Martin Amis once wrote, "I argue with my father about nuclear weapons. In this debate, we are all arguing with our fathers. They emplaced or maintained the status quo. They got it hugely wrong. They failed to see the nature of what they were dealing with-the nature of the weapons-and now they are trapped in the new reality, trapped in the great mistake. Perhaps there will be no hope until they are gone." The problem is that they are very much not gone. In fact, many of them still hold sway. Paul Wolfowitz, Henry Kissinger, Condoleezza Rice, Richard Perle, Donald Rumsfeld, and Scooter Libby have all done time at rand. It turns out that maybe Spengler was an optimist, for we are still making the great mistake.
(May 2008

A crisp history of the world's most influential think tank, which the Soviet publication Pravda once called the "academy of science and death."

The Manhattan Project proved to the military during World War II the efficacy of assistance from independent civilian scientists. Seeking to maintain that link and understanding the need to cope with peacetime threats to national security, Air Force hot shots, including the legendary Generals Henry Harley "Hap" Arnold and Curtis LeMay, helped to found RAND (for "research and development"). Throughout the next half-century, RAND's intellectual gunslingers--its researchers and advisors have won 27 Nobel Prizes--expanded their role and helped set large portions of America's military and political agenda. RAND's detractors accuse the corporation of subordinating morality to the achievement of U.S. government policy, of operating wholly without conscience and of practically inventing the Cold War. Los Angeles Times contributor and novelist Abella (Final Acts, 2000, etc.) takes a swipe at the problematic implications for the country of RAND's seeming amorality, but he deals far more successfully with the corporation's history, particularly the early years, and the procession of larger-than-life personalities who passed through RAND's portals and who influenced the nation's thinking far more than any single policy paper the institute produced. RAND's luminaries have included the brilliant mathematician John von Neumann, thermonuclear war expert (and model for Dr. Strangelove) Herman Kahn, national-security expert and Cold War strategist Albert Wohlstetter, Daniel Ellsberg, who leaked the Pentagon Papers, and even the humorist Leo Rosten. Its theorists have contributed to our everyday lexicon such words and phrases as "fail-safe," "doomsday machine," "systems analysis," "futurology," "zero-sum game" and "prisoner's dilemma." How many enemy factories can we destroy with the kind of aircraft we possess? After a nuclear exchange, would the living truly envy the dead? Paid to think the unthinkable, RAND's analysts and their mission come off here as simultaneously marvelous and horrible.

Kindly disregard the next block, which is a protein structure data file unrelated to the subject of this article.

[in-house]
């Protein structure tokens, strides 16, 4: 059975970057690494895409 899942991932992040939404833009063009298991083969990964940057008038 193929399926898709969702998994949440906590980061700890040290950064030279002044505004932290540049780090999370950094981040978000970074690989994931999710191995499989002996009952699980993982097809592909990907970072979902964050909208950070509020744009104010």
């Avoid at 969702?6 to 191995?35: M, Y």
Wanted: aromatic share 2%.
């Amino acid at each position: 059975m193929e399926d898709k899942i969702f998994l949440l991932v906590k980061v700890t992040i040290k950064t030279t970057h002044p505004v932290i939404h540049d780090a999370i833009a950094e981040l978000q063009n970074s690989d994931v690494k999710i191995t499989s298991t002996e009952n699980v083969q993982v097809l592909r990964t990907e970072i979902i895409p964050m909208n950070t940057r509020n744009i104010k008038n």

As good a look as we're likely to get about an organization where, Ellsberg notwithstanding, keeping secrets is second nature.


Shadow Enemies

From Publishers Weekly
In 1942, with Americans still on edge after Pearl Harbor, four German-American operatives disembarked from a U-boat and waded ashore, soon melting into the crowds of Manhattan, the first of several teams assigned to blow up manufacturing and transportation centers as well as Jewish-owned department stores in the United States. Novelist and journalist Abella (The Killing of the Saints) and Gordon, commissioner with the Los Angeles County Superior Court and a professor of law at Southwestern University School of Law in Los Angeles, depict a crew of would-be saboteurs with varying degrees of discipline, experience and dedication to the Nazi cause. Their leader, George Dasch, had lived in the U.S. as a boy, but had drifted from job to job without ever satisfying his grand ambitions. Returning to Germany, he joined the military and was eventually recruited for the terrorist mission in the U.S., despite his ambivalence toward Hitler's National Socialism. Realizing that the Allies would most likely win the war, Dasch eventually turned himself and his co-conspirators in to the FBI, with the thought of making himself a war hero. While the exploits of Dasch, his partners and their sympathetic contacts are fascinating, also engrossing is the U.S. government's handling of the ensuing court case. J. Edgar Hoover, closely involved, knew that his agency's reputation was at stake. President Roosevelt, concerned about the lack of control in a civilian trial, ordered a military tribunal, which eventually ordered the execution of many of the conspirators and several of their sympathizers. Dasch was returned to Germany after the war, where he was greeted as a traitor. By painting these sometimes reluctant and occasionally bumbling terrorists in such vivid detail, the authors have re-created timely and compelling series of events with an immediacy that hits close to home.
Copyright 2003 Reed Business Information, Inc.

From Booklist